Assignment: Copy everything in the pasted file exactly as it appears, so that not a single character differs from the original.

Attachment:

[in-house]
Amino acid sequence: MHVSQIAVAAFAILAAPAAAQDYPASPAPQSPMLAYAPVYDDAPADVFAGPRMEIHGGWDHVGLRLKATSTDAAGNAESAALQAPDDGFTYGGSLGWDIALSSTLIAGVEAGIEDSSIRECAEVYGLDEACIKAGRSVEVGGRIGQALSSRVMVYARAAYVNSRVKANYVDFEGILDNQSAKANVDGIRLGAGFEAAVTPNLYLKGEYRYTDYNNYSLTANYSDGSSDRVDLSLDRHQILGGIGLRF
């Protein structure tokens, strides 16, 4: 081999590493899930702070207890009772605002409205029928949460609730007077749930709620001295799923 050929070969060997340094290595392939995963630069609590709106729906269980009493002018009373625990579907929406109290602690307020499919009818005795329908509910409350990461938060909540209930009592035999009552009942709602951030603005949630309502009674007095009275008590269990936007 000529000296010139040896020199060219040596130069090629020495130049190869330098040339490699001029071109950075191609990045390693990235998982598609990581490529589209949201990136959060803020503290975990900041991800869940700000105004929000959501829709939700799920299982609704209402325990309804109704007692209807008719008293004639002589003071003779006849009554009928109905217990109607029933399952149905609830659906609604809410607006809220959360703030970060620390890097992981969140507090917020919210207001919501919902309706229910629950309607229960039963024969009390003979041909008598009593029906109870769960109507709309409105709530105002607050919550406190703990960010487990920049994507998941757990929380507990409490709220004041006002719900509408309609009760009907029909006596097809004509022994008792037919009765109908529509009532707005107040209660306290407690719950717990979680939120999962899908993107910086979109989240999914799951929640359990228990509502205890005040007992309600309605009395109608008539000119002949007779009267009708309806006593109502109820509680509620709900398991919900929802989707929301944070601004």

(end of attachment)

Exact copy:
[in-house]
Amino acid sequence: MHVSQIAVAAFAILAAPAAAQDYPASPAPQSPMLAYAPVYDDAPADVFAGPRMEIHGGWDHVGLRLKATSTDAAGNAESAALQAPDDGFTYGGSLGWDIALSSTLIAGVEAGIEDSSIRECAEVYGLDEACIKAGRSVEVGGRIGQALSSRVMVYARAAYVNSRVKANYVDFEGILDNQSAKANVDGIRLGAGFEAAVTPNLYLKGEYRYTDYNNYSLTANYSDGSSDRVDLSLDRHQILGGIGLRF
């Protein structure tokens, strides 16, 4: 081999590493899930702070207890009772605002409205029928949460609730007077749930709620001295799923 050929070969060997340094290595392939995963630069609590709106729906269980009493002018009373625990579907929406109290602690307020499919009818005795329908509910409350990461938060909540209930009592035999009552009942709602951030603005949630309502009674007095009275008590269990936007 000529000296010139040896020199060219040596130069090629020495130049190869330098040339490699001029071109950075191609990045390693990235998982598609990581490529589209949201990136959060803020503290975990900041991800869940700000105004929000959501829709939700799920299982609704209402325990309804109704007692209807008719008293004639002589003071003779006849009554009928109905217990109607029933399952149905609830659906609604809410607006809220959360703030970060620390890097992981969140507090917020919210207001919501919902309706229910629950309607229960039963024969009390003979041909008598009593029906109870769960109507709309409105709530105002607050919550406190703990960010487990920049994507998941757990929380507990409490709220004041006002719900509408309609009760009907029909006596097809004509022994008792037919009765109908529509009532707005107040209660306290407690719950717990979680939120999962899908993107910086979109989240999914799951929640359990228990509502205890005040007992309600309605009395109608008539000119002949007779009267009708309806006593109502109820509680509620709900398991919900929802989707929301944070601004």